Gothmog. Lord of the Balrogs, High Captain of Angband in the First Age of Middle Earth. At this Age his only equal would be Sauron under the Rule of Morgoth. Gothmog gave his allegiance Morgoth before the revolt of the Ñoldor, then later killing two of the High Kings of the Ñoldor.
After the Death of Fëanor, Gothmog would later reappear as a general of Angband in several more battles. Dagor Aglareb and Nirnaeth Arnoediad, Gothmog fought the High King of the Ñoldor, Fingon. Gothmog managed separate Fingon from the main host but was unable to kill him, till another Balrog appeared behind the Ñoldor “cast a throng of steel about him”. Gothmog was then able to slay Fingon and later captured Húrin, father of Túrin Turambar.
Later in the First Age, Gothmog and the forces of Angband took the Hidden City of Gondilin. Gothmog and his forces held the northern gates, till later they went into battle with Ecthelion of the Foutain. From there Gothmog and Ecthelion dueled. It was there that Gothmog knocked the sword from Ecthelion’s hand and to the ground, while the Gothmog was about to swing his axe. Ecthelion was able to get up off the ground and ram him with his pointed helmet, both of them fell into the Fountain of the King. It was there that Gothmog met his end, the waters from the fountain quenched the flames that kept Gothmog alive. Sadly, Ecthelion also fell in this battle, drowning within’ the fountain as well and ending the Battle of Gondolin.
I know I’ve shared this video before about the Balrogs in a an older post. But I figure I’d share it again for this post.
“The dark fire will not avail you, flame of Udûn. “—Gandalf to Durin’s Bane on the Bridge of Khazad-dûm , The Lord of the Rings, The Fellowship of the Ring
Durin’s Bane is a Balrog. Balrogs, also known as the Valaraukar, were Maiar that were seduced and corrupted by Melkor(Morgoth) into his service. But this Balrog was named Valarauko “Demon of Might”, later named Durin’s Bane by the Dwarves. The Balrog killed King Durin VI when the Dwarves were mining for mithril deep inside Moria and awoke him.
Durin’s Bane is oddly enough a Maiar spirit which existed before the Middle Earth was created. That being said, This Balrog is the same as Gandalf and Saruman, who descended into Arda with the Valar. I believe I’ve touched base on this over the last couple of post of the Middle Earth Challenge. But the Balrog was corrupted by Morgoth in the first age of Middle Earth. Durin’s Bane fought in a number of battle notably most of the War of the Jewels tot he vary end of the battle of War of the Wrath. Where Durnin’s Bane managed to escape to the Misty Mountains. Deep, Deep underground that would be Khazad-dûm.
All through out the second age of Middle Earth, more than five thousand. Till the third age came about and the Dwarves mined to to deep in their greed for meithril. Woke the Balrog and it killed Durin VI and then his son Náin I after a number of fail attempts to the Balrog. Later the Durin’s Folk left Khazad-dûm and renamed it Moria. Now we all know the big fight be Durin’s Bane and Gandalf that started at the Bridge of Khazad-dûm.
Ralph Bakshi’s The Lord of the Rings
The Balrog appeared in Raph Bakshi’s Animated Lord of the Rings. Is appears as a giant Humanoid with a lion’s head and wings. Gandalf is the only one that seems to recognize it, and it does not appear until The Fellowship reaches the Bridge of Khazad-dûm.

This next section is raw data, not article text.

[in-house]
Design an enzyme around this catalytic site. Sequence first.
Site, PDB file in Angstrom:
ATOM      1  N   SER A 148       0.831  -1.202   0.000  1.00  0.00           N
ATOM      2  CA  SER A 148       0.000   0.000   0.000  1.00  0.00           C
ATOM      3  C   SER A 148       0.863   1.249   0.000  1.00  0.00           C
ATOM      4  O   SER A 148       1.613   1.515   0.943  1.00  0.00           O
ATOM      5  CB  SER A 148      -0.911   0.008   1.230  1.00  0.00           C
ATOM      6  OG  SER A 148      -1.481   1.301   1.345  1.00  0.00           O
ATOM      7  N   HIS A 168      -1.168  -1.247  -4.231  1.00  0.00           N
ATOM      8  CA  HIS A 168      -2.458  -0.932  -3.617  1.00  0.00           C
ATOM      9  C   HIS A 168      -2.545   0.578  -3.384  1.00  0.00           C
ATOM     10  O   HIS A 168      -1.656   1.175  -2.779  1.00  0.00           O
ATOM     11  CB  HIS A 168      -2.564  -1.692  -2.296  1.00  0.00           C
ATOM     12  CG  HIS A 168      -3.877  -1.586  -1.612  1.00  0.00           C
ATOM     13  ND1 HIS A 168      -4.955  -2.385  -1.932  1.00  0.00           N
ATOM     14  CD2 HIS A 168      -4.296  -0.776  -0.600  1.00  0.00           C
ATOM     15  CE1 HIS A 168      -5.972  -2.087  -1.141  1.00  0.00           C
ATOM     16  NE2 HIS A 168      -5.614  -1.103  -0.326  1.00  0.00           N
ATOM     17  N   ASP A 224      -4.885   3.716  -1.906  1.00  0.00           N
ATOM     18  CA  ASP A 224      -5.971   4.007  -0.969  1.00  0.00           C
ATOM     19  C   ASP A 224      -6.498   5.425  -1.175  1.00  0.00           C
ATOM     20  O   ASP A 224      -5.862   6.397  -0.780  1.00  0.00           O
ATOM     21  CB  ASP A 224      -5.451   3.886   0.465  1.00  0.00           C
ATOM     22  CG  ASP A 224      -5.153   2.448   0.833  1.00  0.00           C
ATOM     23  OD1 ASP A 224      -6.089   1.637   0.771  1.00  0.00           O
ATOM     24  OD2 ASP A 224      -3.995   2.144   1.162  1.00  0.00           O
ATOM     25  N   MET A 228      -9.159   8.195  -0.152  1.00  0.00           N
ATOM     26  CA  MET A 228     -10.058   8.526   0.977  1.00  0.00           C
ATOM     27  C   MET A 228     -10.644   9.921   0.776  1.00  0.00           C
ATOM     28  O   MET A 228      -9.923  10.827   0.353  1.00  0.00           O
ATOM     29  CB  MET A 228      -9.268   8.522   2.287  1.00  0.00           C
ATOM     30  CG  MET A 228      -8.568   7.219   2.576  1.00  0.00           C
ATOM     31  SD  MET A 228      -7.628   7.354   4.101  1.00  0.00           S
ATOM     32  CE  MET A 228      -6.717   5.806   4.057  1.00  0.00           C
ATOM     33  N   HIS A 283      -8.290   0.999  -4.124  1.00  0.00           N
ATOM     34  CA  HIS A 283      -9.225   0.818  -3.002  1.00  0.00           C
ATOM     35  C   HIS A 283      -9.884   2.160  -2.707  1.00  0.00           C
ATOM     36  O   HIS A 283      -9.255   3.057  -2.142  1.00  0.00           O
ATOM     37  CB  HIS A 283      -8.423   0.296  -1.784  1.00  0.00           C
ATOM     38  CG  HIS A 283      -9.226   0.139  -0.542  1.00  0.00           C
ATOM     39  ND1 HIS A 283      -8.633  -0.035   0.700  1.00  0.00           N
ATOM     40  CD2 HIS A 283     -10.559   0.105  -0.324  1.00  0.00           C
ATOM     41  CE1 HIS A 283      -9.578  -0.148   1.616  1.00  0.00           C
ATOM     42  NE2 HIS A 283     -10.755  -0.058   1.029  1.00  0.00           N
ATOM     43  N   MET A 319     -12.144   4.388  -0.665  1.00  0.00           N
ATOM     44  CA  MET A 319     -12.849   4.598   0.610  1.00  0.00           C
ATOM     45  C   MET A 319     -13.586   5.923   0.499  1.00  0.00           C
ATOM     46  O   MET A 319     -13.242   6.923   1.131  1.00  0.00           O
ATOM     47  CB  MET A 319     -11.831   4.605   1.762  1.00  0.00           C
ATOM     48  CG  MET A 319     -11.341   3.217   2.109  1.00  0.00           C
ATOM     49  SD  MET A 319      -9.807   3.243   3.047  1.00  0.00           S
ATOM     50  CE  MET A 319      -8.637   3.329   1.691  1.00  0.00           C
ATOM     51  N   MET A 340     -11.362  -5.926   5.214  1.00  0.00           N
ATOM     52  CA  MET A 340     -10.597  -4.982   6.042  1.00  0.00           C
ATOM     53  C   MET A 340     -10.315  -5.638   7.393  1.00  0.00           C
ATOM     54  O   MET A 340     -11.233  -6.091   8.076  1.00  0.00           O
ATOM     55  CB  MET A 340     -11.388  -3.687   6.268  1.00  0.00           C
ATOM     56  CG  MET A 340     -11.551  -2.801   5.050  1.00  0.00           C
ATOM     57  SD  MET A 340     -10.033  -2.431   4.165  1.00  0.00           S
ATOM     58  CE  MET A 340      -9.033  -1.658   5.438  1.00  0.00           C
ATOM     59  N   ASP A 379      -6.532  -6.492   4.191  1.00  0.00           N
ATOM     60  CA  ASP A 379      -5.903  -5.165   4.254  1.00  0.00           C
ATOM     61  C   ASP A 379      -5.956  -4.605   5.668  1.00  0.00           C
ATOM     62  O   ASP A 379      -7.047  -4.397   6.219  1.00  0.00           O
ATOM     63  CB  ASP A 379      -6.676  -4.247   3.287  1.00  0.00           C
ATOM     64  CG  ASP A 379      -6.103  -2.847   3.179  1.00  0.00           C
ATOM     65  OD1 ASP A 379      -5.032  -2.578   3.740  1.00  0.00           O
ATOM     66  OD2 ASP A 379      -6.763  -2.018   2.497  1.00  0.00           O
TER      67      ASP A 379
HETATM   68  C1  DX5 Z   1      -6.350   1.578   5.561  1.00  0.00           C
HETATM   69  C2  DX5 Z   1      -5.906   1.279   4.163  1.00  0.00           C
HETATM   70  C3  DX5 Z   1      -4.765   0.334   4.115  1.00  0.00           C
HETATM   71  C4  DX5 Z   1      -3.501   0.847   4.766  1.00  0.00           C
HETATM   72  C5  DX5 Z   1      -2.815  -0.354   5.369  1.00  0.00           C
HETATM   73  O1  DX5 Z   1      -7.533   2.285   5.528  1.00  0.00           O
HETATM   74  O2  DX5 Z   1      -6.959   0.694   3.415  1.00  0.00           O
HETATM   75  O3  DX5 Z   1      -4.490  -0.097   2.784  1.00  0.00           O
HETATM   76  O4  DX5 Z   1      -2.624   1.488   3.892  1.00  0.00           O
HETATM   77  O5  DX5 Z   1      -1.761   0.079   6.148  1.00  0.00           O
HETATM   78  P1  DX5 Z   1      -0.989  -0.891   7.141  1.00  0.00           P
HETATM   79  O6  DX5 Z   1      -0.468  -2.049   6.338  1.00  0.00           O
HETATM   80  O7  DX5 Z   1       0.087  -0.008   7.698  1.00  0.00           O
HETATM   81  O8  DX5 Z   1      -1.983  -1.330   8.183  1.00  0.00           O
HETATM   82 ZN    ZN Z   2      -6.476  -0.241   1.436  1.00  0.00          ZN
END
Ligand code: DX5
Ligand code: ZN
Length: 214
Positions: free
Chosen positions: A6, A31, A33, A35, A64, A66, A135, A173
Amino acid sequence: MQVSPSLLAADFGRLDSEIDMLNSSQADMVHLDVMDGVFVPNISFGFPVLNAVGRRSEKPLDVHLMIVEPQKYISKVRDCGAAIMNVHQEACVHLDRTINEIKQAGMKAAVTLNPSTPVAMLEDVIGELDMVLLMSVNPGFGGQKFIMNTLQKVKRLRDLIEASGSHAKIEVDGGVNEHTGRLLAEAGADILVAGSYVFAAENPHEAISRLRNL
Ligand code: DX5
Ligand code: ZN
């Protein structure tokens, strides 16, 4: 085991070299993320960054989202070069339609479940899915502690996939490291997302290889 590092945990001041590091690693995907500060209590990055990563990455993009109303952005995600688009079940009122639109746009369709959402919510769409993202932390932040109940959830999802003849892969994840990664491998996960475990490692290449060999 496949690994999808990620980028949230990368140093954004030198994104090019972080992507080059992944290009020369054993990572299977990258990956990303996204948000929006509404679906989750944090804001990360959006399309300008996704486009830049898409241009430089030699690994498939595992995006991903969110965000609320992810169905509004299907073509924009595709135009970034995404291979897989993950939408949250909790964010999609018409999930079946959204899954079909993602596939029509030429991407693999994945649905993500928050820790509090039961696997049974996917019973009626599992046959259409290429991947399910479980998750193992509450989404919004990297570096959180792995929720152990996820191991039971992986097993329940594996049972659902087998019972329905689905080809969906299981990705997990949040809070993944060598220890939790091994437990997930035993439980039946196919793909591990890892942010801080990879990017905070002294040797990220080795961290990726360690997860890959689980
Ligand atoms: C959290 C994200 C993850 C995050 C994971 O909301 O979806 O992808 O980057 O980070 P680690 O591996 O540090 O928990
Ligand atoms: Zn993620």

Peter Jackson’s The Fellowship of the Ring
The Balrog was also portrayed in Peter Jackson’s live-action film trilogy, as a giant, black creature covered in flame. Although Tolkien described it as being taller than a man but not huge, Durin’s Bane in the film is at least twenty feet tall. Rather than having a voice of any kind, when it roared, it sounded similar to an erupting volcano – the vaporous presence of heat emanating as its breath (the Balrog’s roar was created by pulling a cinderblock across a plywood board and then digitally shifting the pitch of the resulting sound.) Unlike previous adaptations, the goblins are terrified, and run as it comes closer to The Fellowship. Its weapons, rather than physical in nature, were completely comprised of flame, taking the form of a sword first and a whip second. Its own flames were its key weapon of choice against Gandalf. Their duel progress closely to how it does in the book: Gandalf shatters the Balrog’s fiery sword (using a magical shield formed around himself in conjunction with Glamdring), and then strikes bridge of Khazad-dûm, breaking it in half, and causing the Balrog to fall into the abyss. As the Balrog falls, its whip latches onto Gandalf’s legs and drags him off of the bridge.
Aside from this, the Balrog had been briefly seen in a book owned by Saruman, beforehand, as the latter taunted Gandalf telepathically of the choice of the Fellowship taking the route of Moria, implying that Saruman was aware that it had awoken and brought woe to the Dwarves there.
The Two Towers
The Balrog appears in a few flashbacks in The Two Towers. The first flashback shows the events that take place following Gandalf’s plunge into the abyss of Khazad-dûm: Gandalf hurtles down the chasm after the Balrog, recovering his sword Glamdring in midair and catching up to the Balrog. He and the Balrog attempt to kill each other as they continue to fall down the abyss, with Gandalf managing to land several blows on the Balrog while it makes constant attempts to strike at Gandalf with its fists and claws. They fall for a few minutes, until they at last crash violently into the underground lake, temporarily extinguishing the Balrog’s flames.
The second flashback shows Gandalf and the Balrog now dueling atop Mount Zirakzigil during a great storm, in which Gandalf manages to imbue his sword with electricity from a lightning strike and stabs the Balrog through the heart, mortally wounding it and causing it to fall from the peak and crash onto the mountain side, its flames extinguished.